#1134 is one of five surviving Norfolk & Western M Class 4-8-0 locomotives. Retired and sold to Virginia Scrap Iron & Metal in 1950, with M2 #1118, M2c #1151 and W2 (2-8-0) #917, the so called "Lost Engines of Roanoke" languished in the company's yard in South Jefferson Street largely unnoticed for nearly fifty years. They were later joined by Baldwin built Chesapeake Western DS-4-4-600 switchers #662 and #663, along with other rolling stock and assorted tenders.
In 1997, however, Richard Jenkins drew popular attention to the locomotives through his website http://lostengines.railfan.net/ and momentum grew for their reclamation and restoration. Finally, in August 2009, all three locomotives were moved out destined for restoration. #1118 went to the NRHS Roanoke Chapter's 9th Street Yard in Roanoke, VA, and #1151 went to the Virginia Museum of Transportation. Although restoration of #1151 had not started when I last visited, you can see photos of it in its "raw" condition on the Virginia Museum of Transportation page of this website.
#917 has also found a new home at the Buckeye Express Diner, 810 State Rt. 97 in Bellville, Ohio.
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#1134 has found a home near the intersection of Port Center Parkway and Pavilion Drive in Portsmouth, VA. Although many components had to be replaced and little of the backhead survives, it looked really great when I visited.
It is displayed with NW C-31 Caboose #518666, NW Passenger Car #1020 and NW Mail Car #1401. When I passed through, the collection had yet to open, but I was able to get some great shots of the locomotive thanks to the guys at the Railroad Museum of Virginia, who allowed me into the enclosure.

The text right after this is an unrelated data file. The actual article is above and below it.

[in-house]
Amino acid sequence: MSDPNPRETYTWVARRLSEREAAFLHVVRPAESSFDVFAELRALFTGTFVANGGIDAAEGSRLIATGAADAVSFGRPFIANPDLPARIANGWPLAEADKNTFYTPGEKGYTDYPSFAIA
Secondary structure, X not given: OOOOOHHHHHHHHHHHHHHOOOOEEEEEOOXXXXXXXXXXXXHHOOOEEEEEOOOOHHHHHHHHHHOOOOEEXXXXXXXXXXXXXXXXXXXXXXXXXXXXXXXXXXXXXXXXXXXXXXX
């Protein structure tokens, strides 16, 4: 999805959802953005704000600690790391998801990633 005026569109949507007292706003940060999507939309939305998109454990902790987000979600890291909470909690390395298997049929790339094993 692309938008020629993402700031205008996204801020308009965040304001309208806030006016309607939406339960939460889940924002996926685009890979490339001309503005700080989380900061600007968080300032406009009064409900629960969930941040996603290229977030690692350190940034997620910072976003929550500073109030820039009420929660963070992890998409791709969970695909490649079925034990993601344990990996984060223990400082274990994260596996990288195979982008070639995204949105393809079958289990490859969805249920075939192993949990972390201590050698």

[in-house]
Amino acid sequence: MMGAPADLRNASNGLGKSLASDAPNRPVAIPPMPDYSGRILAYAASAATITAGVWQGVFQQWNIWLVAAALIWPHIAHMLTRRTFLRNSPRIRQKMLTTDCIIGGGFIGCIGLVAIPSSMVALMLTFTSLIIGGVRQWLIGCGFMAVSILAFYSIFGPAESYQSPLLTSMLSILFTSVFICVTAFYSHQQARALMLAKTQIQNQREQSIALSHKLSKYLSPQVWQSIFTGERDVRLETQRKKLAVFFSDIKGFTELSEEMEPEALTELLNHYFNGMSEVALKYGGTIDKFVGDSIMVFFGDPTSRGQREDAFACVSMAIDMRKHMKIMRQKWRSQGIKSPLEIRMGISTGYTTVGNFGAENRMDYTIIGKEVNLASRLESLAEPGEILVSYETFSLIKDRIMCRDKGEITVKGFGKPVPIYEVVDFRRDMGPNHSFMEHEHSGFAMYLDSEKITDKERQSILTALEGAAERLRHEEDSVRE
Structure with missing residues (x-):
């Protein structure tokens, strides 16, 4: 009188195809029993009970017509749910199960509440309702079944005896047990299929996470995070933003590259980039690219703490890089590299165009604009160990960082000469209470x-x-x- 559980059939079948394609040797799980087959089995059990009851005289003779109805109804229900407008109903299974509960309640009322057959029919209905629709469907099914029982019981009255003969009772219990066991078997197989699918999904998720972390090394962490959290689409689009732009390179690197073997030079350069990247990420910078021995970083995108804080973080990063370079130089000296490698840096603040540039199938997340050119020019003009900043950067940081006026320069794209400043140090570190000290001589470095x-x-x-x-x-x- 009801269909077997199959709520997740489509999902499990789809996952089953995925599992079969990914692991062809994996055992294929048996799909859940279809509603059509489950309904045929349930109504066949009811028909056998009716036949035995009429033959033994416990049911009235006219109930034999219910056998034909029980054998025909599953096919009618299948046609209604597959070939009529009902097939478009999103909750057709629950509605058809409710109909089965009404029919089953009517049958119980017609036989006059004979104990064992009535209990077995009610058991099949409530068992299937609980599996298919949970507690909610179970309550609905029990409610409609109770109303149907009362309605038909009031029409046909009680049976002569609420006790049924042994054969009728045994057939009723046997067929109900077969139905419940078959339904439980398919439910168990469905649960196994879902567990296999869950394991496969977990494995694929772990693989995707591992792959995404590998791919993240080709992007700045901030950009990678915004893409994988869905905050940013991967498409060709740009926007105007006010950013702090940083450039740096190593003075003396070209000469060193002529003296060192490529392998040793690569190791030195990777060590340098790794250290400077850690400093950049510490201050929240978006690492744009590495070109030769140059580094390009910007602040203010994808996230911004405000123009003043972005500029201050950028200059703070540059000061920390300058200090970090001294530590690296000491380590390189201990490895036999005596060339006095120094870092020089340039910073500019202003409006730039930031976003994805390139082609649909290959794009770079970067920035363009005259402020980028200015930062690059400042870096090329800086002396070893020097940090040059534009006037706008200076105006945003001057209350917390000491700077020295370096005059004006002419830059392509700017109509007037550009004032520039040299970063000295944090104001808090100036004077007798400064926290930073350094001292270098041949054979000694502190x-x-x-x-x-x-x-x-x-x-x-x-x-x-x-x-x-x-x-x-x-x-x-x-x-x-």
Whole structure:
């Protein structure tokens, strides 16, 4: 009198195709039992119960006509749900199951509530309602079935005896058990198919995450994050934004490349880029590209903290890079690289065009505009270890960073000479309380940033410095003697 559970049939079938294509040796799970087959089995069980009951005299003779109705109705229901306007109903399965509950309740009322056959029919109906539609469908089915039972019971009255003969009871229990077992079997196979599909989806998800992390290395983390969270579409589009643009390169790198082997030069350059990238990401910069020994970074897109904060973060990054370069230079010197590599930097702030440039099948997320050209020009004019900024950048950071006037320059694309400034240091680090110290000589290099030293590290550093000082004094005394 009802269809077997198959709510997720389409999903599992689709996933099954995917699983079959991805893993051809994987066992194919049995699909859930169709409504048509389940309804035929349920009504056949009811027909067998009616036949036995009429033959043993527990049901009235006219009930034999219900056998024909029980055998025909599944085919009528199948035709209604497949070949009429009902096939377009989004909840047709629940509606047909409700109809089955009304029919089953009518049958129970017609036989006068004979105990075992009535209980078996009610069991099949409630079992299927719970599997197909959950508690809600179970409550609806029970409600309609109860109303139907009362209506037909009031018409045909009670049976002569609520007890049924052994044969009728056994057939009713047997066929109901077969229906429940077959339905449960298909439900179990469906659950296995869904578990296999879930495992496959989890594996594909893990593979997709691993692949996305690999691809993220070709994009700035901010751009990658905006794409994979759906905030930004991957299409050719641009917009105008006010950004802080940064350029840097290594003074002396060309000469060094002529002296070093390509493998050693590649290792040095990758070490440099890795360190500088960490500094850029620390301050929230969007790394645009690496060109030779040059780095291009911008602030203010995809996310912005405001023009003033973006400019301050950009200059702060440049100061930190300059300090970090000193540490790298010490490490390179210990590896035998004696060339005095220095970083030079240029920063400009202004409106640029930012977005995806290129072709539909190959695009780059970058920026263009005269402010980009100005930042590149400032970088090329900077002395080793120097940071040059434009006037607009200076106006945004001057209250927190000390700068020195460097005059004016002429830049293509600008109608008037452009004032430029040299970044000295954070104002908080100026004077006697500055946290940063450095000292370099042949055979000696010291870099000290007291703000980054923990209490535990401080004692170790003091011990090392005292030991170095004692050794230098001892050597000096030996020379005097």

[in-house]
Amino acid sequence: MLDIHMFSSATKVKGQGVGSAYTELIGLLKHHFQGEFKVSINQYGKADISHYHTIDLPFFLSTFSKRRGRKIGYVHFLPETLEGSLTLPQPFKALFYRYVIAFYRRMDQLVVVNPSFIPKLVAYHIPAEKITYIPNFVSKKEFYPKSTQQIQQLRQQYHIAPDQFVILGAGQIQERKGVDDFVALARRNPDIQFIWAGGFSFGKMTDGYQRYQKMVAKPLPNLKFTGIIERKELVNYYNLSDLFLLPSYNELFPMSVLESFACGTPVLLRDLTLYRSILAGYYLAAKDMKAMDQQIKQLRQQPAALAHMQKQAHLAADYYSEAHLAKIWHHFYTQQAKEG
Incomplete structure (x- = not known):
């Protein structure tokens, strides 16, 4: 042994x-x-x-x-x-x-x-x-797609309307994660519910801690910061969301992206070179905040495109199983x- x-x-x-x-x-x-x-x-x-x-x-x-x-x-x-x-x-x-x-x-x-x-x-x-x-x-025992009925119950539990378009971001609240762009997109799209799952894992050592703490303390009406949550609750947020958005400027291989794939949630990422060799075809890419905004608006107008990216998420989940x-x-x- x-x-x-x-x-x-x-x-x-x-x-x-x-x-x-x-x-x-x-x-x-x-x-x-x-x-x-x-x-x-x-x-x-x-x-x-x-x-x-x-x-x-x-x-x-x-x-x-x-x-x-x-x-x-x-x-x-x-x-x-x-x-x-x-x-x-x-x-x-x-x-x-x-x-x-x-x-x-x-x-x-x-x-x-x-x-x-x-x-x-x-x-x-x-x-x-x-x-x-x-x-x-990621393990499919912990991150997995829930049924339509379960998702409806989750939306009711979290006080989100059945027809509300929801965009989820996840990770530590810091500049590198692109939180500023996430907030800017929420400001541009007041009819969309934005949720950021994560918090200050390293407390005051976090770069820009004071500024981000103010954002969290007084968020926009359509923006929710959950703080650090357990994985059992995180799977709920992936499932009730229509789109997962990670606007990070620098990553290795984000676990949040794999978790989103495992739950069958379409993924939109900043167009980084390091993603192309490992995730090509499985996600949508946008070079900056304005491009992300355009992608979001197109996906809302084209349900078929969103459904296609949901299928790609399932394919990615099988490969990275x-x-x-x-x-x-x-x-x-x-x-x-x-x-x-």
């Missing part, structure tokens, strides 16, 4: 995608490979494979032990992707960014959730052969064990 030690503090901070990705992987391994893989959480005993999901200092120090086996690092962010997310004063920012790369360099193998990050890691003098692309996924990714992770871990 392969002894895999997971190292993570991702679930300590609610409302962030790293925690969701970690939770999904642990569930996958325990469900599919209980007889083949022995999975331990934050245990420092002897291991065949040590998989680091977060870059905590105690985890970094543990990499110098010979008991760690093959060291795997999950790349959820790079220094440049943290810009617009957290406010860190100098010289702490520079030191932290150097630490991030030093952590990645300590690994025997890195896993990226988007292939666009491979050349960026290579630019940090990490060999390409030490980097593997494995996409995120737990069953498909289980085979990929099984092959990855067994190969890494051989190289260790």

In 1910, fifty more 4-8-0s were ordered from Baldwin (#1011-#1049) designated M2, while the N&W's Roanoke shops built three M2a (#1150-#1152) and two M2b (#1153 & #1154) locomotives. These were later modified with superheaters and standerdised with six newly built M2c class locomotives (#1155-#1160).
The Baldwin locomotives were built with Walschaert valve gear, but the Roanoke built Twelve Wheelers were all equipped with Baker valve gear, which was to become standard on the railroad’s steam power.
The M Class was designed to haul freight and coal over the Blue Ridge Mountains in West Virginia. Seventy-five were supplied by Alco and fifty by Baldwin in 1906 numbered #375-#499. You can
see two survivors from this order on the
Strasburg Rail Road and NW #433 pages of this website.
The following year, another fifty were ordered from Alco and fifty from Baldwin designated M1 and numbered #1000-#1099. These were supplied with Walschaert valve gear in place of the M Class's Stephenson gear.
They probably survived because they were the only non-articulated freight engines rostered by the N&W.
Their eastbound Norfolk to Petersburg, VA, slow freight tonnage rating was 1,750 tons, 1,850 tons westbound. From Williamson, VA, to Portsmouth, OH, they were rated 3,600 tons and from Portsmouth to Columbus, OH, 3,100 tons.
Like the newly built M2c, many of the M and M1 locomotives were later fitted with superheaters as well as mechanical stokers. Even after upgrading, however, they proved unpopular with crews because of their rough riding qualities and poor steaming probably due to the rather small firebox heating surface area of 179 sq ft.
Although soon relegated to branch lines and switching with the advent of more powerful engines, particularly the 2-8-8-2 Mallet compound Y Class after WWI, they remained in service well into the 1950s.
Weighing 279,530 lbs, 239,530 lbs on its 56" drivers, total heating surface of 4,351 sq ft included a 45 sq ft grate, 13 sq ft of arch tubes and 765 sq ft superheating. With 24” x 30” cylinders, it operated at a boiler pressure of 200 psi delivering 52,457 lbs tractive effort.
The current 16,000 gallon water and 23 ton coal tender is larger than the original.